Anita Mechler: Typhoon in Thailand

How I tell the story, really depends on my mood. If it is a light occasion, I can joke about the “Typhoon in Thailand,” but other times I avoid the memories. Otherwise, he will be there, later that night, standing over my bed again, soaked in water, dripping onto my face, holding his head together with his hands. His eyes are somehow dry and the look on his face is that of shame, disappointment, realization.

Bangkok was beautiful, full of foreign scents and jeweled glinting buildings. It was rare for me to have time alone with my dad. We could be men together, as he would say. We could experience a country supple to our will and money without her around to kill the buzz. She would try to keep us on some insane schedule of sights, treasures, and worse of all, shopping. Dad never fussed over my hair, my black t-shirt collection, my unwashed jeans, and the smell of my feet when I took off my shoes.

We arrived in never-ending night. The air seemed strange, electric in a way I had never felt. It started raining lightly as we were settling into our hotel. Luckily, we had full service where we were staying. Dad liked to hit the bar as soon he could and I could listen to my headphones while eating dinner and not have to ask to be excused. I ate quickly so that I could go to my room and lay down.

Later, I awoke with a start. The window shades were banging and rattling. I heard huge claps of thunder. Between flashes of light, I saw that Dad’s bed was untouched, still made. I heard water pouring into our bathroom and the sounds of glass breaking. I looked around the room for a safe hiding place but all I wanted to do was leave, leave, leave and find my dad.

The intense smell of my feet wafted up to me and I tried not to gag, I fumbled under the bed between the claps and flashing and finally found a damp pair of Chuck Taylors. I remembered that I had left my army jacket hanging on the front door and grabbed it on my way down the hallway. I started to run in a panic, my stomach dropping and my heart beating heavily and quickly. Finally, I started to hear murmurings of other hotel guests and workers the closer I got to the lobby.

I ran down the grand staircase into a few feet of water rushing through the first floor of the hotel. The front desk had been abandoned as well as the bar. There was no sign of my father. People were dashing about in the corners of my vision, but I couldn’t focus on anything that wasn’t immediately in front of me. Before I started to panic fully, one of the waiters that I recognized from the restaurant grabbed my shoulders and said, “You must come with us. We will keep you safe.”

“Dad. My dad.”

“Come with me. We will be safe.”

I felt that I had no other choice but to go with this person. His eyes were worried and his face ashen, but I willed myself to trust him. I had never seen this much water in my life and yet, I wanted to swim across the ocean to get back home. He started to walk away from me as if to follow, but I was bolted to the ground.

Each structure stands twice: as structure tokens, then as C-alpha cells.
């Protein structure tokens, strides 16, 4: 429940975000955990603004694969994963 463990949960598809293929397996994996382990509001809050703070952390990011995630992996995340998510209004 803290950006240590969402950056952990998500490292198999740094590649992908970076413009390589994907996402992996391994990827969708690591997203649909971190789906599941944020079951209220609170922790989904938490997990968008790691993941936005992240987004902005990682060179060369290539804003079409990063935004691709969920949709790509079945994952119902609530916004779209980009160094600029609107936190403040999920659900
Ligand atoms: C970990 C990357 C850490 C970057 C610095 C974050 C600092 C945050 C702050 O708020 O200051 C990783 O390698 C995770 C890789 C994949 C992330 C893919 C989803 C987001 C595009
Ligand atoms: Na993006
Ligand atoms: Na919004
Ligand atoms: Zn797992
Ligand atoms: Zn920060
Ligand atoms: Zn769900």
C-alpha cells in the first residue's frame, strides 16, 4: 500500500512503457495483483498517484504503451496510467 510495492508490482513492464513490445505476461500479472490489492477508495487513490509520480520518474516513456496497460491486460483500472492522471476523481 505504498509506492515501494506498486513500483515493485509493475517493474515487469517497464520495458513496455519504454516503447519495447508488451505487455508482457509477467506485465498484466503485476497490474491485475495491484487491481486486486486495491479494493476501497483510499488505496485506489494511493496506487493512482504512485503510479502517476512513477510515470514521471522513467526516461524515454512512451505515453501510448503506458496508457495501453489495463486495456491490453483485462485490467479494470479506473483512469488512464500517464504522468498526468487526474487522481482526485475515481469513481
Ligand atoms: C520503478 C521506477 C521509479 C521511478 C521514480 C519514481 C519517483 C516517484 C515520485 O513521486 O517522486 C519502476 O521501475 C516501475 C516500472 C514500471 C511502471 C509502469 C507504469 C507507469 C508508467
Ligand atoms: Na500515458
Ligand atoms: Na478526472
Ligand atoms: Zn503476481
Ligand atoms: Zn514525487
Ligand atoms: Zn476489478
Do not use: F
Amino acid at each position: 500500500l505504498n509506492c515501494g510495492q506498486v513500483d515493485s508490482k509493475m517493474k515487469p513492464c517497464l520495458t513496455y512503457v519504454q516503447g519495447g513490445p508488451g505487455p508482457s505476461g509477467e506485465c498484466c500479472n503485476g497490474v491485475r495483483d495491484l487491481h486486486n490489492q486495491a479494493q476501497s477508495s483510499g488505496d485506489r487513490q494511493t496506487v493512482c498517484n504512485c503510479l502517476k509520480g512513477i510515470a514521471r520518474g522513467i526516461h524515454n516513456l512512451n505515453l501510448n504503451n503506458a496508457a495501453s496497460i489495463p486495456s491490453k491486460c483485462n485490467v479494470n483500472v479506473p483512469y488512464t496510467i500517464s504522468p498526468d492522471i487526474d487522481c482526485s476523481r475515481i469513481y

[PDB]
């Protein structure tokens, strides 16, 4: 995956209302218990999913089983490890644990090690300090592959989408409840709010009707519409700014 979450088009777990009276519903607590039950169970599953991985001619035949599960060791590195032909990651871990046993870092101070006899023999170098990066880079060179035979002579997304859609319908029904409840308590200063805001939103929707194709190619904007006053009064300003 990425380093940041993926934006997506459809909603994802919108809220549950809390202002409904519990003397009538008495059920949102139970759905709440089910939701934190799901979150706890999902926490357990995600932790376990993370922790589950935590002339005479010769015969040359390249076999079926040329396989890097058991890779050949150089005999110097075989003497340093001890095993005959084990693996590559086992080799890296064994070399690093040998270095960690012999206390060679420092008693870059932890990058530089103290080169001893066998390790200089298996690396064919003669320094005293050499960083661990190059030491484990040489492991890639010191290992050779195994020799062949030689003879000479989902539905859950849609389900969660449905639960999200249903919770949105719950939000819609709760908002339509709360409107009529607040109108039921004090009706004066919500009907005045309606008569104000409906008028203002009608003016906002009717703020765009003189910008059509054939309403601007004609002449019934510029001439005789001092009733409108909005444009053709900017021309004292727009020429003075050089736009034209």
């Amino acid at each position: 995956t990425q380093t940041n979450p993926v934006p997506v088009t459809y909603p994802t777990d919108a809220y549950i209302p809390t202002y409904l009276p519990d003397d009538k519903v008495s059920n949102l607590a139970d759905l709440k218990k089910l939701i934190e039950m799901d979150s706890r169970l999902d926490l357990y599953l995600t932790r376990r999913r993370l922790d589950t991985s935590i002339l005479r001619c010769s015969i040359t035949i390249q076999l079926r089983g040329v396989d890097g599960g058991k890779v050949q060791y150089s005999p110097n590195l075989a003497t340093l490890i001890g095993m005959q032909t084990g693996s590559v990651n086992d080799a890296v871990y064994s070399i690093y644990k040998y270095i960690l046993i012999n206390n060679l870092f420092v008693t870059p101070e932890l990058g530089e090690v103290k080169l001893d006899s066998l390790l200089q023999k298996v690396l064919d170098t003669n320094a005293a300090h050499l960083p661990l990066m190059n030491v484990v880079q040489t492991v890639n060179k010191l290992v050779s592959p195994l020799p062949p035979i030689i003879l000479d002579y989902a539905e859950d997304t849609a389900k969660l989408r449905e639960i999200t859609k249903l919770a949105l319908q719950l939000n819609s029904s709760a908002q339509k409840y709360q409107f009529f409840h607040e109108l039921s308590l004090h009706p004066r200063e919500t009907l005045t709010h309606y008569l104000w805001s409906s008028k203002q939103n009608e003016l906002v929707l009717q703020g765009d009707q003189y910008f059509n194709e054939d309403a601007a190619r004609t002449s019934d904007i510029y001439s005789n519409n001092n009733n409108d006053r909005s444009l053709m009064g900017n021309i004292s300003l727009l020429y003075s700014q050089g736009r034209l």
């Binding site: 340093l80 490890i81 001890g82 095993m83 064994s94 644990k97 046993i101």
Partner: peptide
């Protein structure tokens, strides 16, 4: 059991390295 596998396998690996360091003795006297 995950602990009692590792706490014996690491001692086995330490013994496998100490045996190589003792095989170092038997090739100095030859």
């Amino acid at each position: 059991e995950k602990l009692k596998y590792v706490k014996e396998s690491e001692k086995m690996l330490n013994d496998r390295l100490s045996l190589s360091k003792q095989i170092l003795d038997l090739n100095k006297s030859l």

“You must come,” he said as he grabbed my hand gently as if to a child. I let myself be led through a door on the side of the staircase. It wasn’t as nice as the guest stairs, with harsh white lighting and institutional green paint on the walls. As we climbed flight after flight of stairs, the light began to flicker and shut off completely. I stopped in my steps.

“We are close now.” I felt his hand find my arm and pull me up a few more steps to another door and through to a different hallway. He led me to a room with groups of people huddled together. I heard snippets of many different languages. I made my way toward what sounded like English and I could hear the low tones of a familiar voice.

“Dad!” The voices in the room got a little quieter and then louder.

“Son, I’m so glad you found me.” I embraced my father hard and without embarrassment.

“Me too. Me too. If it wasn’t for that guy…” I turned to look, but could only make out shapes in the dark. My heart finally slowed and there was a growing pain in my chest, pushing on my lungs making it harder to breathe.

We all heard a shrieking cry coming from outside, even though we were on a high floor. I ran to a covered window and pushed aside some of the furniture to look out onto the street that had a rushing flood running through it. Then I saw him, a man, a total stranger holding onto his bleeding head with his hands, being carried along the stream. He looked toward our hotel with desperate eyes but couldn’t reach or hold onto anything to keep himself from being swept along. At first, he looked surprised and then hopeless and then resolute. There was nothing we could do but watch and hope that his fate was as swift as the current that took him across our path.


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